Wrongdoing or confusion? State police to decide

By Charles Sercombe
An investigation into the unauthorized payment to a Christian-based organization for lot cleaning it performed for the city has taken an unexpected turn.
The investigation into Acts 29 of Hamtramck being contracted to perform blight maintenance in 2009 was initially focused on who gave City Manager Bill Cooper the OK to contract with the group and who authorized paying Acts 29 a little over $13,000.
At the behest of City Councilmember Cathie Gordon, the council asked Cooper to investigate the matter. Cooper reported that his administration mishandled the contract and the overseeing of the organization’s work.
The council never authorized a contract with Acts 29 nor did it authorize a payment to the organization. Perhaps what has confused the matter is that Acts 29 was initially approached by the Michigan State Department of Housing and Development Authority to hire unemployed people to do lot cleanups in Hamtramck and Highland Park.
Cooper admitted his administration didn’t seem to know that Acts 29 was contracted and failed to recognize a series of red flags about the matter.
Last Thursday in a special meeting, the council unanimously agreed to have the state police investigate the matter – a resolution the council had already approved a few weeks prior to the meeting.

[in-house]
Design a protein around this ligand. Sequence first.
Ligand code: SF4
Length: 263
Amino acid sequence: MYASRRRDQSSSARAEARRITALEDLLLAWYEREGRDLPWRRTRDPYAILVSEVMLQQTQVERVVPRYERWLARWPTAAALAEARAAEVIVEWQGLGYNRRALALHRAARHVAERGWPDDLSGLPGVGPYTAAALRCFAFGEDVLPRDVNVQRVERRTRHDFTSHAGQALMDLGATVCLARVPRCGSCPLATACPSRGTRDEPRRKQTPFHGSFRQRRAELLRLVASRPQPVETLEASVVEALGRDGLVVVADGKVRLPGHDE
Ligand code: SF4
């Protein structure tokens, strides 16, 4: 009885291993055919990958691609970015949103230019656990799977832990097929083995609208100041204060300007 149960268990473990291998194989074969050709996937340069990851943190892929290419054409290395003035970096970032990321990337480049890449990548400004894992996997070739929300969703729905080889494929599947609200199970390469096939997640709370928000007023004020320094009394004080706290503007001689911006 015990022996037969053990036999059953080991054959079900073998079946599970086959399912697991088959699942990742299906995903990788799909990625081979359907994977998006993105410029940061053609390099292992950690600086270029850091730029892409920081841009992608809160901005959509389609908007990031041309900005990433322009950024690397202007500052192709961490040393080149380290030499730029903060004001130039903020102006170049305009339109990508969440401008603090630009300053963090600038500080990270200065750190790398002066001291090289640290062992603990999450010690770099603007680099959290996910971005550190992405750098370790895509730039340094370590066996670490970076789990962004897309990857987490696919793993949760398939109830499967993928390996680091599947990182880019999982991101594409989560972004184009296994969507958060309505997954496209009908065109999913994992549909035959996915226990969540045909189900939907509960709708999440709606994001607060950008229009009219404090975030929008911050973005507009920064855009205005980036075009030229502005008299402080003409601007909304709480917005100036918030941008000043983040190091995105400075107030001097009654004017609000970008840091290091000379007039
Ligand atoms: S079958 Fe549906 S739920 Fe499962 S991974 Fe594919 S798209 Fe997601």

The special meeting veered into a series of resolutions that either didn’t receive a second motion of support or were shot down by the council. The council appeared to be confused on what action to take and what instructions to give state police investigators.
At one point Councilmember Tom Jankowski took a totally different direction and proposed firing DPW Superintendent Martin Ladd, which City Attorney James Allen cautioned the council to first meet in closed session to discuss.
Jankowski read a prepared statement saying that Ladd is to blame for missing a series of signals to see if Acts 29 was properly contracted and if it was doing work it claimed to do.
After their closed meeting, Jankowski withdrew his motion. Had the council approved it, it might have been a violation of the City Charter, which bars the council from dealing with the city manager’s administration directly. The council is also forbidden to “give any order or directions, written or verbal, either publicly or privately, to any of the subordinates of the city manager.”
Ladd is an appointee of Cooper.
The Council’s last direction to the state police was to see if Acts 29 and another contractor, Platinum, fraudulently billed the city for blight maintenance. Councilmember Mohamed Hassan objected to having Platinum investigated since the company was not part of the original investigation.
Councilmember Catrina Stackpoole said that since Platinum also billed the city for blight maintenance at the same time Acts 29 was doing the work, both needed to be included in the investigation.
City Attorney Allen said it was pointless to tell state police investigators what to investigate. He said the state will review the documents related to the matter and decide on its own what direction to take.

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